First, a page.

Oceanscape Network
Aquarium Announces Plans to Launch Oceanscape Network. The website will be an innovative marine science resource for students and teachers everywhere.

Newport, Oregon–The Oregon Coast Aquarium announced plans to launch a groundbreaking interactive website, the “Oceanscape Network,” targeting teachers and students to go online in the summer of 2013. The Oceanscape Network, funded by a grant from the M.J. Murdock Charitable Trust, Pacific Power and Swindells Charitable Trust, will feature innovative programs offering teachers and students resources to learn about marine science through hands-on projects, videos podcasts and more. The website is part of a commitment by the Aquarium’s Education Department to offer STEM education, an acronym for science, technology, engineering, and mathematics.

The strength of a nation’s STEM workforce is viewed as an indicator of its ability to sustain itself, according to the United States National Academies (USNA). In 2006, the USNA expressed concern about the declining state of STEM education in the United States. Its Committee on Science, Engineering and Public Policy developed an action plan to advance STEM education in the United States in order to compete in the 21st century. Their top recommendations included improving science and mathematics education; strengthening skills of teachers in science, math and technology; and preparing students to enter college and graduate with STEM degrees.

“The Oceanscape Network will address the top recommendations of the USNA by assisting teachers and students in the area of marine science, making it engaging and interactive,” said Marsh Myers, Aquarium Education Manager and project manager for the Oceanscape Network. “The website will serve as an impetus to get students outdoors, where the real work of science begins; not merely sitting in front of a computer,” said Myers. “The website’s design will promote scientific inquiry with students asking a question about the natural world and conducting an investigation to find their own answers.”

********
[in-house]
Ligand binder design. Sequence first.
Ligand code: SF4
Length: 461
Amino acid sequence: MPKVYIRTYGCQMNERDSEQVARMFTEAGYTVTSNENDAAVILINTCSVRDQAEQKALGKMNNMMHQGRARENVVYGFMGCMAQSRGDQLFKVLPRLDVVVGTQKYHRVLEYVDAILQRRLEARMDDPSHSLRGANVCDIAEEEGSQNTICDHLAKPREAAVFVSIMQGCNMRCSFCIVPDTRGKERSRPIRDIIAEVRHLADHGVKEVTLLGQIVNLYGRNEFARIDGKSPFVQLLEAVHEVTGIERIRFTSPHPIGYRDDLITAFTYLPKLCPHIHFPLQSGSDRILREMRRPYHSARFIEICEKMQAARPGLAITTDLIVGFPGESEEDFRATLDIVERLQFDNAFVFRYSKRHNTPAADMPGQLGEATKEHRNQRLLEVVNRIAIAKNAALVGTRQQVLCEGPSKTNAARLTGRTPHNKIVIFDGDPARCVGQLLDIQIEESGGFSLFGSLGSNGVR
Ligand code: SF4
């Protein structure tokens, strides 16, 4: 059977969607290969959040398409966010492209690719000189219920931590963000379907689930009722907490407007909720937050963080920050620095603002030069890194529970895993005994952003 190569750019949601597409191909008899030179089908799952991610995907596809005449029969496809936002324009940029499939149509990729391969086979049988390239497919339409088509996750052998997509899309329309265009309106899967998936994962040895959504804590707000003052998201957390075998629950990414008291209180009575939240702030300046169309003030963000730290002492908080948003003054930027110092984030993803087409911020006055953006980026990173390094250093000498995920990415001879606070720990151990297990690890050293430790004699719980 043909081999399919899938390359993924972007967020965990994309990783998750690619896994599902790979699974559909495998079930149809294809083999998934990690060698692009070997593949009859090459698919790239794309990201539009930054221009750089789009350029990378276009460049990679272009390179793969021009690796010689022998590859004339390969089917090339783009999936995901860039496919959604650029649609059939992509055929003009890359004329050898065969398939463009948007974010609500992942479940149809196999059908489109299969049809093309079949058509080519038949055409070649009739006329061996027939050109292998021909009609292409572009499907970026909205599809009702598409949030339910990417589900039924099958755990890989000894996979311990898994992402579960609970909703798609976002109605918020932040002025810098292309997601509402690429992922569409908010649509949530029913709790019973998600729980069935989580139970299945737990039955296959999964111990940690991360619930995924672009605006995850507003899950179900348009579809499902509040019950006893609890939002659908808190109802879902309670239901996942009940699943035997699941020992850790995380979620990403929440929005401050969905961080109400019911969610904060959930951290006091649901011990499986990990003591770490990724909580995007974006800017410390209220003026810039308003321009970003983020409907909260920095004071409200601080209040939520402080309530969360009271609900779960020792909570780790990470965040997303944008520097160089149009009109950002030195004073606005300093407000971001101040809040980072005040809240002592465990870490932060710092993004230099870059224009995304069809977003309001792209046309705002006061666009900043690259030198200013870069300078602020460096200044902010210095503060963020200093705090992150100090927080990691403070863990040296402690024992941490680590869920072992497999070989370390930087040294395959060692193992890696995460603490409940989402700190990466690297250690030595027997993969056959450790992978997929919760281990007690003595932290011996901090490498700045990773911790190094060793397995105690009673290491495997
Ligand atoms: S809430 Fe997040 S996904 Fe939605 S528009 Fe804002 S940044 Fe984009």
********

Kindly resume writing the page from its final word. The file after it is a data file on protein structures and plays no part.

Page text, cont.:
Myers said students will be able to earn credits and connect with the ocean when they choose projects that encourage them to go outdoors to complete. The projects offered will be about the ocean environments, but students from any part of the nation will be able to apply it to their own lcales, such as a stream, a river or wetland. The main goal of the website is to provide a tool that supports the process of genuine scientific inquiry for students who live anywhere in the United States.

The Oceanscape Network will have a component for teachers as well as students. There will be downloadable curriculum with supporting materials and resources for teachers, including lesson plans and videos. They will be able to create online “student communities” to help facilitate the scientific exploration of ocean habitats. Students will be able to access educational modules that will help them understand and appreciate the natural world while earning science credits toward their high school diplomas in Oregon.

Visit the Oregon Coast this summer.

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